ENGINE 11

Segregated from 1919 to 1952, Engine 11 was an all-black fire station located in Philadelphia at 10th and South Street. The firehouse recruits, known as the “leather lungs,” would often work the most dangerous jobs with little or no formal training.


Claude Meets Joe Louis at Engine 11

I met Claude Shrader at a mutual friend's party. After introductions he asked what I do. I told him I collect stories and asked him if he was familiar with Engine 11 in Philadelphia. He laughed and said his father was a fireman who was stationed at Engine 11. I gave him my card that has a photo of Joe Louis visiting Engine 11. There's a young boy at the bottom of the photo and most people ask if I'm the boy in the photo. When Claude saw the card he asked me if I knew who the boy in the photo was, I said no. He said, "That's me."

Walter & Lloyd Tell Their Philadelphia Stories

I spoke with Walter Lindsay and Lloyd Ama At Walter's home in South Jersey. Walter and Lloyd are retired fireman from the Philadelphia Fire Department. They tell us about the street games they played in the '30's growing up in West and South Philadelphia respectively, and some of the places they visited in the city. Engine 11 was a segregated firehouse from 1919 - 1952. Walter and Lloyd are two of five surviving firefighters who worked at Engine 11 before it was desegregated in 1952.

Lloyd Meets Captain Davis

I spoke with Lloyd Edwards at his home in Roxborough. Lloyd entered the Philadelphia Fire Department in 1960 and retired in 1988. When he became a firefighter he had not heard of Engine 11 or Captain Davis. One of his fellow fireman, Walt Johnson, told him a few stories about Captain Davis and Engine 11. He didn't know it at the time, 1962-63, but he was about to have a personal introduction to Battalion Chief James Davis.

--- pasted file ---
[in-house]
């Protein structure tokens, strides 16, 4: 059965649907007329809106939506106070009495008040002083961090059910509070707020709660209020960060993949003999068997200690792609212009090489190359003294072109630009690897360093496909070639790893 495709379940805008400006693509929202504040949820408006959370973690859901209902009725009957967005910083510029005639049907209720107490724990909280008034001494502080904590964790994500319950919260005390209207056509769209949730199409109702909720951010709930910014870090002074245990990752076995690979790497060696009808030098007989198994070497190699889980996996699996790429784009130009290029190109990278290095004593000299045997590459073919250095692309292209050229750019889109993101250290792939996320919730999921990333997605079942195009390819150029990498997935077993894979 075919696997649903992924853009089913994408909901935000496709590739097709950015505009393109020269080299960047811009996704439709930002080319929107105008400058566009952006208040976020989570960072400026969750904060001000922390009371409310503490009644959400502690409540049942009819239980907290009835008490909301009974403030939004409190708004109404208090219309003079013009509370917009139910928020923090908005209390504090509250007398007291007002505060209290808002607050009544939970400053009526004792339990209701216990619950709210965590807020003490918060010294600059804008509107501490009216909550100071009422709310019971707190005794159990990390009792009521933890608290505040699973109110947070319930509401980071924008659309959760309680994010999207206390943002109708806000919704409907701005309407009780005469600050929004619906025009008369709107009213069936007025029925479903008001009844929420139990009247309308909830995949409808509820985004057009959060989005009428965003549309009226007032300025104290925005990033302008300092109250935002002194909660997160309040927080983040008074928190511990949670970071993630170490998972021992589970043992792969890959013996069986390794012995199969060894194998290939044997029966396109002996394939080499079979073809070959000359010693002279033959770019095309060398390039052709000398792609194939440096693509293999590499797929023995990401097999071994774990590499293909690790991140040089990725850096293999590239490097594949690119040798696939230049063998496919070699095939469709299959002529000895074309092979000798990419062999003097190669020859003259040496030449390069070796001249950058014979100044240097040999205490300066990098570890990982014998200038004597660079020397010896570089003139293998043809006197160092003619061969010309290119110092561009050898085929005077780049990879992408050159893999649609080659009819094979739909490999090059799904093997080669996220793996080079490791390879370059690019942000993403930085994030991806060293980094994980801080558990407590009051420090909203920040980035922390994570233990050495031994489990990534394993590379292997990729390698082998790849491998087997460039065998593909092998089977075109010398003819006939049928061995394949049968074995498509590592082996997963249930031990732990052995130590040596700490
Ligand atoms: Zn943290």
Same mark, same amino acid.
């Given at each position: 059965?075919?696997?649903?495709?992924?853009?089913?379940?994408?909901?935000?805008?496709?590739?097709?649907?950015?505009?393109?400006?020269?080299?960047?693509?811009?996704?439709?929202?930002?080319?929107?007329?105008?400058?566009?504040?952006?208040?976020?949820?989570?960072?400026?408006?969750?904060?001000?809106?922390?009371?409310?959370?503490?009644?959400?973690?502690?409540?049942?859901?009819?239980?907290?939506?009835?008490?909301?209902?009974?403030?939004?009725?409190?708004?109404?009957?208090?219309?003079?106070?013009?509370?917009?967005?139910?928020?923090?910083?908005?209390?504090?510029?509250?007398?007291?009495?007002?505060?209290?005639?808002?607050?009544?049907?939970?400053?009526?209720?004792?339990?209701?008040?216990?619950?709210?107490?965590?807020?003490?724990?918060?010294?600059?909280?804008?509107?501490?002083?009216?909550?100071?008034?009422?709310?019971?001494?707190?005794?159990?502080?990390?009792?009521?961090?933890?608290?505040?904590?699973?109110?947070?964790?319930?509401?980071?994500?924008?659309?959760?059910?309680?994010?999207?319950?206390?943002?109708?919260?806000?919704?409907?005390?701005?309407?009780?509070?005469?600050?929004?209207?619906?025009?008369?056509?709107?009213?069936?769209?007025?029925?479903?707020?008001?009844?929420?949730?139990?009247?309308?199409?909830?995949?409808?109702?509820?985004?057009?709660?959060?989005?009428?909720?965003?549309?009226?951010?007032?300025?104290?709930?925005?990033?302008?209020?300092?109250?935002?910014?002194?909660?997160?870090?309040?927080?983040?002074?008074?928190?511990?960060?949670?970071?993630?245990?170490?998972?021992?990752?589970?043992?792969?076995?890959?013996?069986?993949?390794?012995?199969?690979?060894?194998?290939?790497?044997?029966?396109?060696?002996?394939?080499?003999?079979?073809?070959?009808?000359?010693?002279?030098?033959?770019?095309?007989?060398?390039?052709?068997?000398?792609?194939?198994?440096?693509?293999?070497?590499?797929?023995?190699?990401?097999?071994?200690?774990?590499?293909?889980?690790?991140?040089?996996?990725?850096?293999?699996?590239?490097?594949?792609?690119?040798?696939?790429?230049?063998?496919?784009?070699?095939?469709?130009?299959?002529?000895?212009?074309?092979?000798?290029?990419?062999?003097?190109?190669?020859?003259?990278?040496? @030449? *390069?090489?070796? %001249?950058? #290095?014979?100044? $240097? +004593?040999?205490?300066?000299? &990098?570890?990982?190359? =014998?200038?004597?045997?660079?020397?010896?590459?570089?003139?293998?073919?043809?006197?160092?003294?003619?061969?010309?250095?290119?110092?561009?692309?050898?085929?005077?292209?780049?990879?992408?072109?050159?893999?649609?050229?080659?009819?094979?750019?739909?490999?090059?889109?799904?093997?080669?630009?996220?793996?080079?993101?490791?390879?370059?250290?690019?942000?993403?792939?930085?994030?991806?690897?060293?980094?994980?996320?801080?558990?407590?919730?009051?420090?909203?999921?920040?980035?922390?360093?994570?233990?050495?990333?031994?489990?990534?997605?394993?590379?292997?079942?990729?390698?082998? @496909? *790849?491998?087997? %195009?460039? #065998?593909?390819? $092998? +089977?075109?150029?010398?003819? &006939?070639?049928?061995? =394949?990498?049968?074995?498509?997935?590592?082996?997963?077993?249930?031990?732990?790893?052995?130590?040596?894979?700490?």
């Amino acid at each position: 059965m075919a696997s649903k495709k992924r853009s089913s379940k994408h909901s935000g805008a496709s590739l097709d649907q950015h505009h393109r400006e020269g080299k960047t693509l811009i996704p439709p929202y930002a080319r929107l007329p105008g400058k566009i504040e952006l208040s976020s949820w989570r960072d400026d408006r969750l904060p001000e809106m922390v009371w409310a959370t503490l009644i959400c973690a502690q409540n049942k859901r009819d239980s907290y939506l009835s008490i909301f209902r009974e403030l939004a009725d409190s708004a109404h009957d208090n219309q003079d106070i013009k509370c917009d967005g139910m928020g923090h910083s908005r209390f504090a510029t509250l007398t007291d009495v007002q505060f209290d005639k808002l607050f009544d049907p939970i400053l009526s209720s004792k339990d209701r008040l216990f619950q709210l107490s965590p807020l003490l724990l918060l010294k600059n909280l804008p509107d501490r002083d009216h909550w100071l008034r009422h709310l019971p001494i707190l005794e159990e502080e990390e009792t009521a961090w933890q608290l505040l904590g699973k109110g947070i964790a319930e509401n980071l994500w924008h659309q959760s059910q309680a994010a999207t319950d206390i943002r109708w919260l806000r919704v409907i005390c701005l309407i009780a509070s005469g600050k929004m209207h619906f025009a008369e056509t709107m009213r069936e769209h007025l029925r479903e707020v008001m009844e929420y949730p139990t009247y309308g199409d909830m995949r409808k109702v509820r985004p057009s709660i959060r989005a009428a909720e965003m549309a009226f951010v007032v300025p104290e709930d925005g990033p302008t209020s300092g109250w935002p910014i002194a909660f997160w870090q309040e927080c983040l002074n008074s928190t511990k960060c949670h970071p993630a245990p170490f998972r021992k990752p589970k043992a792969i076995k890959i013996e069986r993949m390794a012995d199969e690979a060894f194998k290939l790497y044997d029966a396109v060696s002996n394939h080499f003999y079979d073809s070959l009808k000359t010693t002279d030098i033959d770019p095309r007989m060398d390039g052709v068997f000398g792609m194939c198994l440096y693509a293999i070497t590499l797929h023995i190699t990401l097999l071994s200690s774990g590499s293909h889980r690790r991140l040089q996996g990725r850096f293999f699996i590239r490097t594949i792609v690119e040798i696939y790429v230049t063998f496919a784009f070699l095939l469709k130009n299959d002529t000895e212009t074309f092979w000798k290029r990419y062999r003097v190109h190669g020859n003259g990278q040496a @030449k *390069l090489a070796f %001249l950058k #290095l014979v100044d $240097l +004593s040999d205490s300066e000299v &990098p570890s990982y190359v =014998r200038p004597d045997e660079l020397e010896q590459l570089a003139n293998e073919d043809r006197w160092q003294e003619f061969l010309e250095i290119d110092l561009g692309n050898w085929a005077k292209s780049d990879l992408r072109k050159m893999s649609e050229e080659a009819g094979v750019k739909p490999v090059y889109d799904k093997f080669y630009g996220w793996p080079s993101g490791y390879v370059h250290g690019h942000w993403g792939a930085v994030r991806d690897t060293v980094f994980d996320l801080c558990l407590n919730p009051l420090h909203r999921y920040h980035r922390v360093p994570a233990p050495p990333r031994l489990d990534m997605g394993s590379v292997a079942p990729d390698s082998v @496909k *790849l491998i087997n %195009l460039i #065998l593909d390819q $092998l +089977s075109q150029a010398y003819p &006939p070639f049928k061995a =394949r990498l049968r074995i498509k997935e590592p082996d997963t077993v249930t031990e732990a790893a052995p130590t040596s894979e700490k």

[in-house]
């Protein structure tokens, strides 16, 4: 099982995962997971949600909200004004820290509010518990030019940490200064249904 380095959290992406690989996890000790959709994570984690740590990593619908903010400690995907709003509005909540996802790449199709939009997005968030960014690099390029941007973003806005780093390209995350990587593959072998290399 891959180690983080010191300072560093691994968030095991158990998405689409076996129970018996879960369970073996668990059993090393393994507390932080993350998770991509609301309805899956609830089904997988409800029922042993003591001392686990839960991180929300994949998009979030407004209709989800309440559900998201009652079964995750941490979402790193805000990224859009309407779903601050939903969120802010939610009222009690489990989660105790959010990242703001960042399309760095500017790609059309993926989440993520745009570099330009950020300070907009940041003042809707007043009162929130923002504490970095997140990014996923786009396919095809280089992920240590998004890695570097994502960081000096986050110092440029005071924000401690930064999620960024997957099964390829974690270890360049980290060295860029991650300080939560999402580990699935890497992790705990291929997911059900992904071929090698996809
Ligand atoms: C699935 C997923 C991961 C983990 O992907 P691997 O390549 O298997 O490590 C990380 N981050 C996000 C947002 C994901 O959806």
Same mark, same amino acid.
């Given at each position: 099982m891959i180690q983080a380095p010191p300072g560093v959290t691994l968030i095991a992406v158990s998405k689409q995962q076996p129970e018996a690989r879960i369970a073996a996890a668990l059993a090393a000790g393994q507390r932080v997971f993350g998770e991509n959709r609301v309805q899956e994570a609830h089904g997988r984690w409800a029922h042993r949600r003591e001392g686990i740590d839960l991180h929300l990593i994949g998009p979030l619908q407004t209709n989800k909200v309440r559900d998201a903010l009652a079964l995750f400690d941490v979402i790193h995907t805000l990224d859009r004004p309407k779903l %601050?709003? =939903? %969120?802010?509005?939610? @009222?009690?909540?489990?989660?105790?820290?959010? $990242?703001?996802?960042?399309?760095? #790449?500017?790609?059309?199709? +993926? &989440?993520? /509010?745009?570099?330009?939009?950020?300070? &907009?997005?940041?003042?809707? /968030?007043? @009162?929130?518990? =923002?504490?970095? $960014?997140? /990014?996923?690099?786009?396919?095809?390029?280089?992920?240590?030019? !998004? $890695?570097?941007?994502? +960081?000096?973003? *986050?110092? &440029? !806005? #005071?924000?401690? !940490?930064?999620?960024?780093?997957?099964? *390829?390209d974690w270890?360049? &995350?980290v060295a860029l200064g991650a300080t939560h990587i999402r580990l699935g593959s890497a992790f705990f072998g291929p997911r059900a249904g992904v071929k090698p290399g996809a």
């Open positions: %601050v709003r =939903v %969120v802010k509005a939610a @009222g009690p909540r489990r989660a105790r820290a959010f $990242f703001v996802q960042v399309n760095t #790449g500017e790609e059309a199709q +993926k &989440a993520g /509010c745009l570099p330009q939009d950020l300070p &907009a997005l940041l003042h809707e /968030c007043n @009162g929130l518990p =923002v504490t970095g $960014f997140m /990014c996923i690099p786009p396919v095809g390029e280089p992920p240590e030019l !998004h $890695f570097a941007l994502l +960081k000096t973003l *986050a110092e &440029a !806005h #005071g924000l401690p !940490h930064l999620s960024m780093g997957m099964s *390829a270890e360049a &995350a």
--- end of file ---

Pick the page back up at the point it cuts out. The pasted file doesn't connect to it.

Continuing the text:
Detailed to An All White Engine Company

I spoke with Waldo at his home in West Philadelphia. In his second story Waldo talks about being detailed from Engine 11 to Engine 5 when it was located at 37th & Ludlow Street. From 1919 - 1952 Engine 11 and Fireboat 1 were manned by African-American fireman only. Waltdo is one of five surviving retirees who worked at Engine 11 before the Philadelphia Fire Department was desegregated in 1952.

Desegregation in the Philadelphia Fire Department

Clarence Brogden, 86 years old, was born and raised at 21st & Montgomery Sts. in North Philadelphia. His mother was born on an Indian reservation in South Carolina. She came to Philadelphia as a child. His father was born and raised in South Philadelphia. I spoke with Clarence at the Club Valiants meeting hall in Mount Airy. Shortly after serving in the armed forces during WWII Clarence joined the Philadelphia Fire Department in 1946. He was assigned to Engine 11. In this story he tells us that Engine 11 fireman were beginning to be transferred to formerly all white firehouses. From 1919 - 1952 Engine 11 and Fireboat 1 were manned by African-American fireman only. Clarence is one of five surviving retirees who worked at Engine 11 before the Philadelphia Fire Department was desegregated in 1952.